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Brand World

Pourquoi Don Draper est fou de Coca

26/05/2015 - par Mark Tungate

Mark Tungate, notre chroniqueur anglais, est un fan de Mad Men, série qu'il suit depuis ses débuts - et même un peu avant. Du dernier épisode de la série culte, il conclut qu'en dernière analyse, Matthew Weiner, le créateur de Mad Men, aime la publicité. Ouf!

And so Mad Men is over, leaving a Don Draper-sized hole in my viewing habits. I’ve been in on it from the start – and even slightly before. I was working on my book Adland, about the history of advertising, when my old friend Jonah Bloom – a former editor of Ad Age – told me about it. We were in Cannes at the time. Jonah had been invited to a premier of Mad Men and related the now-famous scene in the first episode when Draper invents a new slogan for Lucky Strike (“It’s toasted”). I was hooked right there.


It was one of those rare occasions when it seemed as though a pop cultural product had been created specifically for me. I’ve always loved 1960s suits, women who are sharp as they are curvy, and the over-consumption of martinis (blame Sean Connery). And of course I’ve been an advertising addict since my youth.


The finale ended with a Draper creation for another iconic brand: Coca-Cola. You can interpret these things as you wish – and many theses will be written about Mad Men – but it seemed appropriate to me that the series began with a product that ravaged the 20th century, cigarettes, and ended with one that is undermining the health of the 21st, sugar-packed soda.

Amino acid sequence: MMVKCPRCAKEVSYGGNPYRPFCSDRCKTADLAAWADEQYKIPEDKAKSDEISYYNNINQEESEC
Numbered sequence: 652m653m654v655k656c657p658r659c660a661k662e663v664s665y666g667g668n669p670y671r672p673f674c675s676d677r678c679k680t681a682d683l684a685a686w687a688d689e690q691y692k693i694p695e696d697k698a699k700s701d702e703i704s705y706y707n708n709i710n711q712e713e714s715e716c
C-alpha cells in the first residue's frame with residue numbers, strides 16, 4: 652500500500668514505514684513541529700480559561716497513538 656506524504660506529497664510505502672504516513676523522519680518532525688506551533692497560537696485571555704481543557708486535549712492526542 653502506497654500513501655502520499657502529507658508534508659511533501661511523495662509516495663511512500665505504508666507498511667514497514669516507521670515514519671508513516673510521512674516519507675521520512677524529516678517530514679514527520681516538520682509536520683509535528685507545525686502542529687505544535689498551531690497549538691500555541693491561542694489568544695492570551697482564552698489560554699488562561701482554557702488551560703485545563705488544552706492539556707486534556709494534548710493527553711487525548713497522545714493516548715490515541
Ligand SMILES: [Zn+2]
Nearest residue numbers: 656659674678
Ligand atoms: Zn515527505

Ironically, the show’s writer, Matthew Weiner, doesn’t see it that way. He calls the real-life Coke spot he hijacked for Draper, “Hilltop” from 1971 (actually the work of Bill Backer, a creative director at McCann-Erickson), “The greatest commercial ever made.” He even told Time magazine that he found the spot “pure…with a good feeling.”


So Weiner loves advertising after all. Or maybe he just remembers the spot from his childhood, as I do. We are roughly the same age, and probably drank a lot of Coke at the time. Actually, I preferred Pepsi. And I very much remember the TV ad, which had a great tagline: “Lipsmackin’ thirstquenchin’ acetastin’ motivatin’ goodbuzzin’ cooltalkin’ highwalkin’ fastlivin’ evergivin’ coolfizzin’…Pepsi.” Not Don Draper, but Dave Trott of BMP, in 1974. Just don’t ask me to translate.

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